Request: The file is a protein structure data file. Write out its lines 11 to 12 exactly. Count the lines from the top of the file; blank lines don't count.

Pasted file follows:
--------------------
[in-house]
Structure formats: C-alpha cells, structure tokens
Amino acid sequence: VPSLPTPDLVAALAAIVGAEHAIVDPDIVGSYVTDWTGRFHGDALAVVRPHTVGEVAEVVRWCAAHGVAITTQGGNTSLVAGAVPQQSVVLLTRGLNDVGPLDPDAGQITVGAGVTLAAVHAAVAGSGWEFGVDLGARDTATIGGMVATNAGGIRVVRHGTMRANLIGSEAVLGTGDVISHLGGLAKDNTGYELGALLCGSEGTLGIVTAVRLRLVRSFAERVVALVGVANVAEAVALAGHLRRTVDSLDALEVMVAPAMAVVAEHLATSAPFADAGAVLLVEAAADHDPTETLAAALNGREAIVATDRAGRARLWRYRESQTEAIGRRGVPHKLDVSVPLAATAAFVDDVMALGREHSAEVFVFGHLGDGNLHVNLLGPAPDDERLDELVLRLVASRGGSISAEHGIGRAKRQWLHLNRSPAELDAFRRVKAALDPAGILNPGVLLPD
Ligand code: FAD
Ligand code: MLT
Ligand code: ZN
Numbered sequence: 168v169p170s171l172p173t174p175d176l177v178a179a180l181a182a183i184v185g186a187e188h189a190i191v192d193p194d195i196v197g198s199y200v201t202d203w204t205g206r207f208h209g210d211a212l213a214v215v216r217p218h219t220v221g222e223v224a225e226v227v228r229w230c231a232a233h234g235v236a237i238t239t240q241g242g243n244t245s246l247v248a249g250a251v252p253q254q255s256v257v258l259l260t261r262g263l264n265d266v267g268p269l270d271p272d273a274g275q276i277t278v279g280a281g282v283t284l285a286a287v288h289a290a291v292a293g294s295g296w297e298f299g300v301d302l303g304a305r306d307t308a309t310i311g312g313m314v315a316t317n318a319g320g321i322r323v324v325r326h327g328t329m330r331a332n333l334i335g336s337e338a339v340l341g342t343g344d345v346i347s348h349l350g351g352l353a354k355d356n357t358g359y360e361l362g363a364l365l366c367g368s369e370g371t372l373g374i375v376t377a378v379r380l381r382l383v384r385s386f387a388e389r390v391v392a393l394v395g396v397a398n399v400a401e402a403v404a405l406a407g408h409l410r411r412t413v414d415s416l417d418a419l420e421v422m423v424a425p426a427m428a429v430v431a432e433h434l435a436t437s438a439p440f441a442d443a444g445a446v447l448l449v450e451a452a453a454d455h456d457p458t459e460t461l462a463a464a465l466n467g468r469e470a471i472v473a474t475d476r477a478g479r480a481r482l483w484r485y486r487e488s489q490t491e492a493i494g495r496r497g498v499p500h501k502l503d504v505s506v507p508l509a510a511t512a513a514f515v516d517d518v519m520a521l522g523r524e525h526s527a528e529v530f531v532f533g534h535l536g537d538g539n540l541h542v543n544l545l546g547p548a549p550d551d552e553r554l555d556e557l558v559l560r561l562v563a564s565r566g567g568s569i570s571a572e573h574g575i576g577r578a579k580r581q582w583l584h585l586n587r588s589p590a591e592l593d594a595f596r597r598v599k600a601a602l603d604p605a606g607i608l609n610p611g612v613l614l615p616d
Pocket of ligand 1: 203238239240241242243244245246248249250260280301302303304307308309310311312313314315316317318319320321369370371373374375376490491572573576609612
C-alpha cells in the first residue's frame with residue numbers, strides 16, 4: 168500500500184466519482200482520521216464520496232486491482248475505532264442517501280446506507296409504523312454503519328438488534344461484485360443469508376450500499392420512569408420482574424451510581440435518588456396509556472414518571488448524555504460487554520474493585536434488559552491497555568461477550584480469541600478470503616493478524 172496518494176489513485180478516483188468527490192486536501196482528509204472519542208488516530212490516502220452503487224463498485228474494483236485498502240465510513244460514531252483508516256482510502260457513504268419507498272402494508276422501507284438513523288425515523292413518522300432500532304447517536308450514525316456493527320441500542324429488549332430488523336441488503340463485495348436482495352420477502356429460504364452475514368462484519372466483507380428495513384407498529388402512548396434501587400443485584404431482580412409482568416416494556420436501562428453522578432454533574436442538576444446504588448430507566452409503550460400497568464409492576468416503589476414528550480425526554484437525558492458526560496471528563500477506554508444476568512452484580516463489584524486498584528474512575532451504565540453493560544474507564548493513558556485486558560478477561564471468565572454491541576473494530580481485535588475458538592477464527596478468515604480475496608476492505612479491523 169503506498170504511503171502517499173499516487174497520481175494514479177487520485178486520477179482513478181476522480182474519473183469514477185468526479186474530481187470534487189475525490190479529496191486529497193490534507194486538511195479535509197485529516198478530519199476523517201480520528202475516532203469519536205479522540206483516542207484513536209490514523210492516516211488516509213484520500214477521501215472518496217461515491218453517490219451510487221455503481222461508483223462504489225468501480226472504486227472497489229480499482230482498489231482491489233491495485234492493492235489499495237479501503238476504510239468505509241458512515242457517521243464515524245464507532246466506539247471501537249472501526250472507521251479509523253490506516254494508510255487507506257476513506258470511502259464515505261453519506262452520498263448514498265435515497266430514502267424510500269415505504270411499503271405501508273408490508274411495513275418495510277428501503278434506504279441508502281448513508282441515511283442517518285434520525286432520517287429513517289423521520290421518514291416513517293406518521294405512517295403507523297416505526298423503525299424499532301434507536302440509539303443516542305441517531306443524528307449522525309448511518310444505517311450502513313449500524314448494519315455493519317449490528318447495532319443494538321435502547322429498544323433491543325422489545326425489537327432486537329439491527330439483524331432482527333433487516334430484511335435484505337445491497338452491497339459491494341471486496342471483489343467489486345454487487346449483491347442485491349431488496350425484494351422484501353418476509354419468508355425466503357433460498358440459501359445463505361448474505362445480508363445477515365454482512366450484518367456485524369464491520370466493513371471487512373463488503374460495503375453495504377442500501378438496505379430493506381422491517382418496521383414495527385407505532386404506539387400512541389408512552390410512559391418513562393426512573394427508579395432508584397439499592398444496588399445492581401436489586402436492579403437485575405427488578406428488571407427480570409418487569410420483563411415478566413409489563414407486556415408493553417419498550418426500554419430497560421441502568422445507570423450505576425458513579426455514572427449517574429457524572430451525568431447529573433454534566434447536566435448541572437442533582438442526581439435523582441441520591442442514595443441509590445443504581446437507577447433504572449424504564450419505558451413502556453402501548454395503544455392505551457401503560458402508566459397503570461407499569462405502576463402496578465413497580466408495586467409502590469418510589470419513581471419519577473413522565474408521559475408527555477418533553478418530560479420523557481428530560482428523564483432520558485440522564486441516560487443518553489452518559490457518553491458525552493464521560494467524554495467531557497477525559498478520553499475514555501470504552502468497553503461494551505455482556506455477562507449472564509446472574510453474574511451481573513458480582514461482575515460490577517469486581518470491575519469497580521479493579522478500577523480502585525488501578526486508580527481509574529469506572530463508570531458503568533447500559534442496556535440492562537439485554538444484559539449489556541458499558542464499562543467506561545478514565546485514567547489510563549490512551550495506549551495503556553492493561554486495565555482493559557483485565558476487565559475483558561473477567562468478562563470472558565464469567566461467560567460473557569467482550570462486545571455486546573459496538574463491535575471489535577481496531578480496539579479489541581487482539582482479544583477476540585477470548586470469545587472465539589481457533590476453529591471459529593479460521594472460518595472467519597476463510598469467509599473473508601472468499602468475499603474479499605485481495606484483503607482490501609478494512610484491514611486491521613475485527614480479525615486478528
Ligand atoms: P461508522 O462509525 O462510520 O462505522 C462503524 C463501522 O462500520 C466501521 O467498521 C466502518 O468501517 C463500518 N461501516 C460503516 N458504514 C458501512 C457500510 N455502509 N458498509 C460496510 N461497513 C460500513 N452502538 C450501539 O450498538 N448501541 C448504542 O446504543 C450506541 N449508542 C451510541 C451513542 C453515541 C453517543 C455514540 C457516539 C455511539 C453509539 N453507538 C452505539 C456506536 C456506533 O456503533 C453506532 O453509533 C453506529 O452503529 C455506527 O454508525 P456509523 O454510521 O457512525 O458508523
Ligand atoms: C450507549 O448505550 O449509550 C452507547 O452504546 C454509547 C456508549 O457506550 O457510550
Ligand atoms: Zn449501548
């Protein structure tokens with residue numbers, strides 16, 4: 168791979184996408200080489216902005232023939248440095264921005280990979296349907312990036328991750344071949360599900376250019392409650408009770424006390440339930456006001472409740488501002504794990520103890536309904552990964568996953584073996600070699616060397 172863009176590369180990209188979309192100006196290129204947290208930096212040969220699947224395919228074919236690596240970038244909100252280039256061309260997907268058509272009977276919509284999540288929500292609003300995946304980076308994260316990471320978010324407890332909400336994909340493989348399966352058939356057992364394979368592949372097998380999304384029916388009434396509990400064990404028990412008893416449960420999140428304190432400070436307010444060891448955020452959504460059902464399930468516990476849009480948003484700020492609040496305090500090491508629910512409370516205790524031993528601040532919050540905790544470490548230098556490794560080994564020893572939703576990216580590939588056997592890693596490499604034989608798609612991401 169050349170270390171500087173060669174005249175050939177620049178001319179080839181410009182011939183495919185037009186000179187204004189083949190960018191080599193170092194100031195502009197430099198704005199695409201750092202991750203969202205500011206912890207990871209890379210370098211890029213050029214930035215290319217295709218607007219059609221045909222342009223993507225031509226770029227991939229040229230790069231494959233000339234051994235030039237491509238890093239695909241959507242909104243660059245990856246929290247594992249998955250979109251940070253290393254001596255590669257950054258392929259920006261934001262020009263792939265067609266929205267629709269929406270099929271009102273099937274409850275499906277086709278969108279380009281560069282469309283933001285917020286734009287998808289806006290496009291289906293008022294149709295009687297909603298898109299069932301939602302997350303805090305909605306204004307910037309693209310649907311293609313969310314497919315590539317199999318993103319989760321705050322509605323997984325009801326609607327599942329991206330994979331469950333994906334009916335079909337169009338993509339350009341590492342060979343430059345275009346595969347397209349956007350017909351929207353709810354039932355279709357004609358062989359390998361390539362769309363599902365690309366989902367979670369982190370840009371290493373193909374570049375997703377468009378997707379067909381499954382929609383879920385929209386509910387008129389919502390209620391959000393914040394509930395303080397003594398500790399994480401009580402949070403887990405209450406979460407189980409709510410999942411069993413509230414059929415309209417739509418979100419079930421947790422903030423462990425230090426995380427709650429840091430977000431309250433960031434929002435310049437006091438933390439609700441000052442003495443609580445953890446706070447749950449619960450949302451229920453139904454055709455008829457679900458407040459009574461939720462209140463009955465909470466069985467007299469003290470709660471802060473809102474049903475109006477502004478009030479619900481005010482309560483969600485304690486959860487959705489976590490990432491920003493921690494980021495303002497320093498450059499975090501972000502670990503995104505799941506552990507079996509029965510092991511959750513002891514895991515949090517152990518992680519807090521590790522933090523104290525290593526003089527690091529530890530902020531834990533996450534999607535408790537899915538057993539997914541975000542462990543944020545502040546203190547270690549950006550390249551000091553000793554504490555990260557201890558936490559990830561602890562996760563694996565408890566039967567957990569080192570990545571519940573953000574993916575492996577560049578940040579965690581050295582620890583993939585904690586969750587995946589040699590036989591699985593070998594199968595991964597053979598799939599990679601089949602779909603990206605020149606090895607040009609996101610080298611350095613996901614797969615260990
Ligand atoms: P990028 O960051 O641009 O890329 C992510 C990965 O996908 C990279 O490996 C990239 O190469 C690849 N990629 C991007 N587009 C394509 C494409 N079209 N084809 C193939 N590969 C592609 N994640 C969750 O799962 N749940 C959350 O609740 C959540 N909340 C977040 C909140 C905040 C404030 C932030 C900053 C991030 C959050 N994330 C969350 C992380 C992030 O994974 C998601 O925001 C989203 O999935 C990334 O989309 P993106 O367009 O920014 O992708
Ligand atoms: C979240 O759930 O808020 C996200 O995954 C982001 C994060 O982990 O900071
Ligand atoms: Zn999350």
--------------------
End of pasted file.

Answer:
Ligand atoms: C450507549 O448505550 O449509550 C452507547 O452504546 C454509547 C456508549 O457506550 O457510550
Ligand atoms: Zn449501548